My review of David Branscome's Textual Rivals has now appeared in Polis: The Journal for Ancient Greek Political Thought. You can find a copy of my review here . Consider this another small step in my ongoing project on Herodotus as a political thinker!

Midsemester Reflections

I've nearly reached the midpoint of the winter/spring semester at Bryn Mawr and it's been a full and rewarding past two months. Students in both of my courses are bringing terrific energy and curiosity; it's also been a pleasure to get to know them through reading their writing, listening to their contributions, and meeting with them one-on-one.  In the "Power and Resistance" course -- updated syllabus here -- we have analyzed power and violence through the lenses of Fanon and Arendt; examined the recent events in Ferguson, Missouri in light of these theories; and more recently considered power and exploitation in Appalachian mining communities as well as Foucault's theory of disciplinary power when applied (via Iris Marion Young) to pregnant mothers suffering from addiction. I've been deeply impressed by my students' maturity and insight when discussing (and disagreeing) about these heavy topics. In the "On  The Human Condition " c

One Semester Later: Lessons Learned Teaching at Bryn Mawr

Teaching at Bryn Mawr College has finally given me a chance to experiment and reflect as a teacher across a relatively stable stretch of time. As a visiting professor at Carleton College, I never taught for more than two consecutive terms and at Deep Springs two factors conspired against more systematic improvement: I rarely had the chance to teach the same course again and the extremely small class size – I averaged around eight students per course – made it difficult to distinguish the effectiveness of my pedagogy from the changed dynamics or abilities of the students enrolled. At Bryn Mawr, however, I have the chance to teach courses repeatedly as well as larger and thus more consistent classes. This gives me a terrific opportunity to fine-tune my teaching in ways not previously possible. After one semester at Bryn Mawr and seventeen students officially “taught,” it’s a little early to draw any strong conclusions about what I should change and why. But my participation this fal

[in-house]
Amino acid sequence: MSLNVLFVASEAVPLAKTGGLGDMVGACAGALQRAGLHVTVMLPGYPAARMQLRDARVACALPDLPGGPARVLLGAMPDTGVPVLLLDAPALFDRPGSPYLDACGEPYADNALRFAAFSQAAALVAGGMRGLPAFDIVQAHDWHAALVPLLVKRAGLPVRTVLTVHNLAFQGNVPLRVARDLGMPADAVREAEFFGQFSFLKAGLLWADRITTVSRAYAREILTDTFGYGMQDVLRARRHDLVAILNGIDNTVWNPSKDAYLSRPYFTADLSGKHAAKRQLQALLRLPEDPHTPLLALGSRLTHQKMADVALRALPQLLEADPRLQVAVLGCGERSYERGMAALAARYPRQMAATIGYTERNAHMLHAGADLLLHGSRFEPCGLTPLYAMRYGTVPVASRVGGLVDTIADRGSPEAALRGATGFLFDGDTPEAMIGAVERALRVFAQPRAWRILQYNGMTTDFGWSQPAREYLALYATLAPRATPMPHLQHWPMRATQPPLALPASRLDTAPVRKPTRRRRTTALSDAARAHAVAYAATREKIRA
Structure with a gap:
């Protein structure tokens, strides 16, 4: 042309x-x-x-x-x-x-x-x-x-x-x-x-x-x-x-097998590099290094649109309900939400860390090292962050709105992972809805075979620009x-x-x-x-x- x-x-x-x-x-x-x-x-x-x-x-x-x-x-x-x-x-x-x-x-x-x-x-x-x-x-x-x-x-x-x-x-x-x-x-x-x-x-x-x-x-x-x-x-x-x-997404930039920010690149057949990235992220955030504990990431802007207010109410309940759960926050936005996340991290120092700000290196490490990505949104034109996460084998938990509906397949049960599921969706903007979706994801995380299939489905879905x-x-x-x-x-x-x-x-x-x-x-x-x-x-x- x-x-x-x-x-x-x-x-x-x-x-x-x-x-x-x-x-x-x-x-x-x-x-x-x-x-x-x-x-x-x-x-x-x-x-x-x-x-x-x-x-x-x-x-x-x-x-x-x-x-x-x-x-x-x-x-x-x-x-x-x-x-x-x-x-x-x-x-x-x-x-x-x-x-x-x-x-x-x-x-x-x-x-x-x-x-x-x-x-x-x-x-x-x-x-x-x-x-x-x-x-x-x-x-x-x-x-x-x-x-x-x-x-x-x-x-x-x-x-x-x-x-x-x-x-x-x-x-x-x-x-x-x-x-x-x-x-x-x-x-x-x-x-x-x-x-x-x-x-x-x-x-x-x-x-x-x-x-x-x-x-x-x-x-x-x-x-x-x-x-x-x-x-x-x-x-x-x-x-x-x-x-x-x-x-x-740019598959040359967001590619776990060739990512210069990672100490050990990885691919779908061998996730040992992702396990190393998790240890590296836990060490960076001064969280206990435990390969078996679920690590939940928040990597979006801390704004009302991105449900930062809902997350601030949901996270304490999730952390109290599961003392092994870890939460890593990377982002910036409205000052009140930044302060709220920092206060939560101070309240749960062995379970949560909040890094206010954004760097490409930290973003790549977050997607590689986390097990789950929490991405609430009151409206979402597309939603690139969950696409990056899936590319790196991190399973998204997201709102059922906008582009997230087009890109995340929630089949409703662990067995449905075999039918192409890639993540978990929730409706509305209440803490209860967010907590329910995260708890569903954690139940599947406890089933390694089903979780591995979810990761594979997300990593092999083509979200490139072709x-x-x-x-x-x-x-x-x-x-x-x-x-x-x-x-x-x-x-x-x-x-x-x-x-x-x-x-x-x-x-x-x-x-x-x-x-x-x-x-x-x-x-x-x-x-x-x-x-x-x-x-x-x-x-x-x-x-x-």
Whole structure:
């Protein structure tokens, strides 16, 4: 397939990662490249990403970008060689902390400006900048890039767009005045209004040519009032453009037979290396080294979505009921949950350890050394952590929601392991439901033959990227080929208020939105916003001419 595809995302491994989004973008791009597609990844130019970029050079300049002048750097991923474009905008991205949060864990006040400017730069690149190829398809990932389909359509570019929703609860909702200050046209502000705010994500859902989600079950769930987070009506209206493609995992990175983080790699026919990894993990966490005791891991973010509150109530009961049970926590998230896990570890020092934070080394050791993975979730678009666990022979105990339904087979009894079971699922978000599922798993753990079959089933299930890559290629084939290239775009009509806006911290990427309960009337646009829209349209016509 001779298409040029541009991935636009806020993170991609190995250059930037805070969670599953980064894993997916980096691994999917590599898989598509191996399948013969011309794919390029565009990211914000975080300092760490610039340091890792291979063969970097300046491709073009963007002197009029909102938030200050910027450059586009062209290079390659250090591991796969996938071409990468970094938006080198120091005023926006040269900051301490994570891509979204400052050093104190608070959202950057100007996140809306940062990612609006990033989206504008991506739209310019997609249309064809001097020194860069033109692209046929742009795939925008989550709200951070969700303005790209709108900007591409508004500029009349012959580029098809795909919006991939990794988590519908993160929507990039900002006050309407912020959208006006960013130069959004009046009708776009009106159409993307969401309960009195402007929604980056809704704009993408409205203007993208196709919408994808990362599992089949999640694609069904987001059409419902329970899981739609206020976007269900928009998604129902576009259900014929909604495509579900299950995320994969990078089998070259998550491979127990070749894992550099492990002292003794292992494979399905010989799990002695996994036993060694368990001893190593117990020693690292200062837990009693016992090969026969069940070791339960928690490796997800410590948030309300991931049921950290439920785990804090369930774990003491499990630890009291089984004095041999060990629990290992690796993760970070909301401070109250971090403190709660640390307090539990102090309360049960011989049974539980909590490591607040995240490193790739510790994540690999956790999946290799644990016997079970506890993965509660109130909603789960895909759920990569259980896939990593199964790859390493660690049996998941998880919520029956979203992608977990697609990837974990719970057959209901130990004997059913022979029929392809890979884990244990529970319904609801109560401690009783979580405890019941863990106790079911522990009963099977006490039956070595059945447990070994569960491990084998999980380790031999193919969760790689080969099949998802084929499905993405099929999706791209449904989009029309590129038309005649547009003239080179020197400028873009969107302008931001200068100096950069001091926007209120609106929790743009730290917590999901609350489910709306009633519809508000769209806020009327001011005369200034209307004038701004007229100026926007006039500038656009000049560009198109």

Spring Semester at Bryn Mawr

It does not feel like spring on this gelid afternoon at Bryn Mawr , but I've just completed drafts of syllabi for the new courses I'm teaching this spring semester: Power and Resistance , which looks at \ theories and practices of power in contemporary political life; and On The Human Condition , a seminar examining Hannah Arendt and political thinking. "New" is not completely right: both courses update courses I taught at Deep Springs College , although each has some substantial changes; I think I've improved these courses dramatically, but I'll have to wait and see how well they work. I welcome your thoughts and suggestions in the coming weeks. (I will post final versions of these syllabi under "Teaching" once I start the semester in a few weeks.)